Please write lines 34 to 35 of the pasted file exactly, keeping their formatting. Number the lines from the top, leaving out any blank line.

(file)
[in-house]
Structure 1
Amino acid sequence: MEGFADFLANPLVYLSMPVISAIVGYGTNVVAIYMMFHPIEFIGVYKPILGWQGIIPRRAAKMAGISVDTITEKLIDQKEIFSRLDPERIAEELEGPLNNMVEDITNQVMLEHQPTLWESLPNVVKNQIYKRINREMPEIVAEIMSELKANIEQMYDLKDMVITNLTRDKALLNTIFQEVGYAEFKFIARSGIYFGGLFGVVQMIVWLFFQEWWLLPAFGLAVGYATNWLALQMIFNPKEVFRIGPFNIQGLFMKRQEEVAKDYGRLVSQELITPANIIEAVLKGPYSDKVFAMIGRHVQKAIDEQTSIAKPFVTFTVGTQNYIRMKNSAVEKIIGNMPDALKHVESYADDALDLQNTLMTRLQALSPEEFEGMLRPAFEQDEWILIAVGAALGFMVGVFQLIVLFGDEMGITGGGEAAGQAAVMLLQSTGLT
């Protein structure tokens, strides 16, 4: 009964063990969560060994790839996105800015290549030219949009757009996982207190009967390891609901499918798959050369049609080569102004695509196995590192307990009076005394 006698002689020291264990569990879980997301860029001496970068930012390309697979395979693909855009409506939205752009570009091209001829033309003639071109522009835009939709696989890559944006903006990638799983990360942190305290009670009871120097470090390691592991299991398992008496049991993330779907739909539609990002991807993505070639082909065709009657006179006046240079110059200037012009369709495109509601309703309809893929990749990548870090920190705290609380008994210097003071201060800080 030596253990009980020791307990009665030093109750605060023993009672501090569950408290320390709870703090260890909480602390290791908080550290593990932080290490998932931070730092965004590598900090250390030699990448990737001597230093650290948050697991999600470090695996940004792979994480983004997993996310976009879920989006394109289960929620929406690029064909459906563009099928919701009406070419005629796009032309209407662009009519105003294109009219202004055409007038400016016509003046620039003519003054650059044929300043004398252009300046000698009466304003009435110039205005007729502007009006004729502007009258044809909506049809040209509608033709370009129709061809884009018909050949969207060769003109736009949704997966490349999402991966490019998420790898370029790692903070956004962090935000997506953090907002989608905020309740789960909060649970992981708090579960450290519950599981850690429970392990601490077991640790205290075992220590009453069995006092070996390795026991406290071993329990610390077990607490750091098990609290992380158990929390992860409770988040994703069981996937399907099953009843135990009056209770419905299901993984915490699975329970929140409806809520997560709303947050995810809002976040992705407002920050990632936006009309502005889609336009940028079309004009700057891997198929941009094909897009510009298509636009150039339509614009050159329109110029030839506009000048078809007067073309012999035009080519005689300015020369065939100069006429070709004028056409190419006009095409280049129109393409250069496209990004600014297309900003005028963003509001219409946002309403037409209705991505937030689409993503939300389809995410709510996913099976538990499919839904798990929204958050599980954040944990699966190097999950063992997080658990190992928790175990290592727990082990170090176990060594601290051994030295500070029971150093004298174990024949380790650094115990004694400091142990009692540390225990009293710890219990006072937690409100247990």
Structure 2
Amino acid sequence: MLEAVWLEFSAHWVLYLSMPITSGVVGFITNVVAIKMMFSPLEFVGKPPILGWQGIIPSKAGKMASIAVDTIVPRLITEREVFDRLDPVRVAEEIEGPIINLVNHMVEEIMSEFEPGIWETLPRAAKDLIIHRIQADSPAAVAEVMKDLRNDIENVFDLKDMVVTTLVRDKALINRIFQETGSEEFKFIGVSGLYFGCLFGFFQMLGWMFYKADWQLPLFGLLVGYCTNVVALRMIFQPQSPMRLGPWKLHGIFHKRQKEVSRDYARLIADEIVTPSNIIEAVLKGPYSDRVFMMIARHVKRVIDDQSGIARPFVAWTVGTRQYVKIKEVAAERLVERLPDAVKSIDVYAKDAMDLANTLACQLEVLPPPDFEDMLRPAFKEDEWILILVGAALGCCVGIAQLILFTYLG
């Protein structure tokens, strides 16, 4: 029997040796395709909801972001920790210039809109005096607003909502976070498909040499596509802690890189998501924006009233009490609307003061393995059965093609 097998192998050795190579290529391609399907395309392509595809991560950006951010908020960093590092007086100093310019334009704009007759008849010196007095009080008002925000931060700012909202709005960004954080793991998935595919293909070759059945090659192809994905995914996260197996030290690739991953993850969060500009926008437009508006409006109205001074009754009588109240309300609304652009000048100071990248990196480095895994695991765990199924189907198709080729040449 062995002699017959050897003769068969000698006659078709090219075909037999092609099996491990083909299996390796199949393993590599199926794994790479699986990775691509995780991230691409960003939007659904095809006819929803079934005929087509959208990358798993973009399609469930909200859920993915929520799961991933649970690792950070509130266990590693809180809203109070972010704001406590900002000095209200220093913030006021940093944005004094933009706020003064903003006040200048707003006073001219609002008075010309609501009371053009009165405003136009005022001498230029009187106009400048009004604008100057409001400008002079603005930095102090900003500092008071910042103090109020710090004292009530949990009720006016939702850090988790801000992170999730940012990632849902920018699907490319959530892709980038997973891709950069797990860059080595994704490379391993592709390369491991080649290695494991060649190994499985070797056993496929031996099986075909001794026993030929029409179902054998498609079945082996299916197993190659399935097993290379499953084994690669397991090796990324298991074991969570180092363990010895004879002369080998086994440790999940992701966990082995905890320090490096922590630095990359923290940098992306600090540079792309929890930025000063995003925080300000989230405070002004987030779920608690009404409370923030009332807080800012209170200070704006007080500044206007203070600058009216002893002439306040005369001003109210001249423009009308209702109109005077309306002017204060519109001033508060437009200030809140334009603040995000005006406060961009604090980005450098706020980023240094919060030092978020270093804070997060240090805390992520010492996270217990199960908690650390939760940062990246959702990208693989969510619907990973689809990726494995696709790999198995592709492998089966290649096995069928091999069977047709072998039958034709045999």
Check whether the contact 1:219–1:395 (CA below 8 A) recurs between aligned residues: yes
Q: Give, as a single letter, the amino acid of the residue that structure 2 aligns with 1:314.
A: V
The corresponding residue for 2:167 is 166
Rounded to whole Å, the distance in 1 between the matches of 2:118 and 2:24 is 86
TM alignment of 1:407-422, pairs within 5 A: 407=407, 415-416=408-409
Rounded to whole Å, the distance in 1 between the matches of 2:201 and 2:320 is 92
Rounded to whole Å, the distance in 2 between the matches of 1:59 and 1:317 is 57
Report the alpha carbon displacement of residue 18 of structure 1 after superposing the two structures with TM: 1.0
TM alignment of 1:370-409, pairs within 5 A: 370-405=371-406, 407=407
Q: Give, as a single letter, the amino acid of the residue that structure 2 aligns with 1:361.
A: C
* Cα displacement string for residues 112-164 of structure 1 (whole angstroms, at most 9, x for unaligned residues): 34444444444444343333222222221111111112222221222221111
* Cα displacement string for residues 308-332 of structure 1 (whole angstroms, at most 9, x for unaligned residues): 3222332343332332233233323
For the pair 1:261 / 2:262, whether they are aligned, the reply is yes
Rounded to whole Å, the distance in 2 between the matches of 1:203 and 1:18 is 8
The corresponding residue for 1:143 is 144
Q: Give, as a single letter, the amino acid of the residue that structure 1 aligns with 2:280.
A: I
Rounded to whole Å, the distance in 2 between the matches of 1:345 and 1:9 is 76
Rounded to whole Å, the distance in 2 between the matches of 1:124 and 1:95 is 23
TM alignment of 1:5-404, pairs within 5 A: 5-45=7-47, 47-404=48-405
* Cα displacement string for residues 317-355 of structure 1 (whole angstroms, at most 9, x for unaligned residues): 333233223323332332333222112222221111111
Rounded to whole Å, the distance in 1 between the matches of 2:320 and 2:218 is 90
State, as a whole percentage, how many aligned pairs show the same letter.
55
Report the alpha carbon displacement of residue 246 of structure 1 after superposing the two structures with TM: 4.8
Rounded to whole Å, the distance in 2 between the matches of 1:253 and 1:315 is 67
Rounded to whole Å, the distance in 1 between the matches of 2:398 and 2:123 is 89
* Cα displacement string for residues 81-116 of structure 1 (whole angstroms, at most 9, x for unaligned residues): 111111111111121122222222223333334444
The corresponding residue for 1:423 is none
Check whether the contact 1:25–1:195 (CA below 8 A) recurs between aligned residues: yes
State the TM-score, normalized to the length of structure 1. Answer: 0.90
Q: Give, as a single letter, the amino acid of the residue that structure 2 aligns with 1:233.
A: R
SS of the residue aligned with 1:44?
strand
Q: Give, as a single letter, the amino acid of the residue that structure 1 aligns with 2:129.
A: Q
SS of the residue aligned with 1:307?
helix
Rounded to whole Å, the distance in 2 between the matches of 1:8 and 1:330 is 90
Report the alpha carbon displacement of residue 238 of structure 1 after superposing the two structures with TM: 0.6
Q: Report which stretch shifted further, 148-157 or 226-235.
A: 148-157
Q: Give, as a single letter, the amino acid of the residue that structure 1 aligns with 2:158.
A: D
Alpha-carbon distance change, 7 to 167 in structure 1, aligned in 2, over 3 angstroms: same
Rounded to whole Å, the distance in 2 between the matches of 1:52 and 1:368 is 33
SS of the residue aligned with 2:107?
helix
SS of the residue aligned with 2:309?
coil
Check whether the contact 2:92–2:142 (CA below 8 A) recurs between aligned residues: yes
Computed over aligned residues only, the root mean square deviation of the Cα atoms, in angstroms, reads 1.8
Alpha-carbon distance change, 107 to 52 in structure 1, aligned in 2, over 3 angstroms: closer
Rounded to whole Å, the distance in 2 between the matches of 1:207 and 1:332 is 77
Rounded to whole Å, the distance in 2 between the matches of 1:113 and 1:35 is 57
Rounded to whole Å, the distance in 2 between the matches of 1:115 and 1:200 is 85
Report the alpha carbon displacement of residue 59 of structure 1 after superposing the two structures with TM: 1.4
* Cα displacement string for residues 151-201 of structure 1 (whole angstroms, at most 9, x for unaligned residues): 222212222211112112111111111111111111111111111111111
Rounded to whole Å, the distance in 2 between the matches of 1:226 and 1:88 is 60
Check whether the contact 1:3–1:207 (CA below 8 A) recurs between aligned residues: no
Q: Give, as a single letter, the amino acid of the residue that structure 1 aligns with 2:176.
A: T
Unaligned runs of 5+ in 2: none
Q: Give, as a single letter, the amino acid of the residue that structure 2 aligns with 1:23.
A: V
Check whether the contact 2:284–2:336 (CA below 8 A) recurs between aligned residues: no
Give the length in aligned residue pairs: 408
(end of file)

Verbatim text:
Report the alpha carbon displacement of residue 246 of structure 1 after superposing the two structures with TM: 4.8
Rounded to whole Å, the distance in 2 between the matches of 1:253 and 1:315 is 67